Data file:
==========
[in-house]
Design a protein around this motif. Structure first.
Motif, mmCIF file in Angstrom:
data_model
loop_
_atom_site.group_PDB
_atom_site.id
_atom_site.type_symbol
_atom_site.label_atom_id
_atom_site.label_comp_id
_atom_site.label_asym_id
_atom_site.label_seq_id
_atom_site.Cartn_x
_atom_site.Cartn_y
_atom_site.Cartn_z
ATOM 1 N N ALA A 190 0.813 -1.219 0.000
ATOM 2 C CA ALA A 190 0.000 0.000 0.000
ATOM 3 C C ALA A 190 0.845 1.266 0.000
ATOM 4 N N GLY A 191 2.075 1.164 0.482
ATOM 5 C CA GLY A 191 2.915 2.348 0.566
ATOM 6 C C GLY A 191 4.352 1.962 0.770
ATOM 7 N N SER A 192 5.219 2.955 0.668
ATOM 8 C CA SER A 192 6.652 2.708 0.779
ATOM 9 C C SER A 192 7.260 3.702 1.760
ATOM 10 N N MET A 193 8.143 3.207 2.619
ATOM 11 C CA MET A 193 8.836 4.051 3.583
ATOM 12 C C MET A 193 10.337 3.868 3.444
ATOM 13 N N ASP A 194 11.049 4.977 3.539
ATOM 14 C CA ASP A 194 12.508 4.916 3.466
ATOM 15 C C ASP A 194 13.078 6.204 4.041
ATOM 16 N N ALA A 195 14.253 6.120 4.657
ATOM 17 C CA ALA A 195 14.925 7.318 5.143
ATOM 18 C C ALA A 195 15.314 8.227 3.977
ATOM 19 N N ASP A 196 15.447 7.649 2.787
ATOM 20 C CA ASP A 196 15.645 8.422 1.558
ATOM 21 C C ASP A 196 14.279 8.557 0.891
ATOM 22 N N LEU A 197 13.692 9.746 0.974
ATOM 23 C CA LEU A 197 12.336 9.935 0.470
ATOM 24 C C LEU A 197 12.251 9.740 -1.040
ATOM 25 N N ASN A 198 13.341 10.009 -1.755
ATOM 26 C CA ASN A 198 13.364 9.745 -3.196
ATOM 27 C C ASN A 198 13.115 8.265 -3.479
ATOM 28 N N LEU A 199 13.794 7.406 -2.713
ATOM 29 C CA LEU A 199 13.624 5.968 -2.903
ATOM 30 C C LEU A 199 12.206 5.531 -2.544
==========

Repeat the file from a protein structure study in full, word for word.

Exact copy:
[in-house]
Design a protein around this motif. Structure first.
Motif, mmCIF file in Angstrom:
data_model
loop_
_atom_site.group_PDB
_atom_site.id
_atom_site.type_symbol
_atom_site.label_atom_id
_atom_site.label_comp_id
_atom_site.label_asym_id
_atom_site.label_seq_id
_atom_site.Cartn_x
_atom_site.Cartn_y
_atom_site.Cartn_z
ATOM 1 N N ALA A 190 0.813 -1.219 0.000
ATOM 2 C CA ALA A 190 0.000 0.000 0.000
ATOM 3 C C ALA A 190 0.845 1.266 0.000
ATOM 4 N N GLY A 191 2.075 1.164 0.482
ATOM 5 C CA GLY A 191 2.915 2.348 0.566
ATOM 6 C C GLY A 191 4.352 1.962 0.770
ATOM 7 N N SER A 192 5.219 2.955 0.668
ATOM 8 C CA SER A 192 6.652 2.708 0.779
ATOM 9 C C SER A 192 7.260 3.702 1.760
ATOM 10 N N MET A 193 8.143 3.207 2.619
ATOM 11 C CA MET A 193 8.836 4.051 3.583
ATOM 12 C C MET A 193 10.337 3.868 3.444
ATOM 13 N N ASP A 194 11.049 4.977 3.539
ATOM 14 C CA ASP A 194 12.508 4.916 3.466
ATOM 15 C C ASP A 194 13.078 6.204 4.041
ATOM 16 N N ALA A 195 14.253 6.120 4.657
ATOM 17 C CA ALA A 195 14.925 7.318 5.143
ATOM 18 C C ALA A 195 15.314 8.227 3.977
ATOM 19 N N ASP A 196 15.447 7.649 2.787
ATOM 20 C CA ASP A 196 15.645 8.422 1.558
ATOM 21 C C ASP A 196 14.279 8.557 0.891
ATOM 22 N N LEU A 197 13.692 9.746 0.974
ATOM 23 C CA LEU A 197 12.336 9.935 0.470
ATOM 24 C C LEU A 197 12.251 9.740 -1.040
ATOM 25 N N ASN A 198 13.341 10.009 -1.755
ATOM 26 C CA ASN A 198 13.364 9.745 -3.196
ATOM 27 C C ASN A 198 13.115 8.265 -3.479
ATOM 28 N N LEU A 199 13.794 7.406 -2.713
ATOM 29 C CA LEU A 199 13.624 5.968 -2.903
ATOM 30 C C LEU A 199 12.206 5.531 -2.544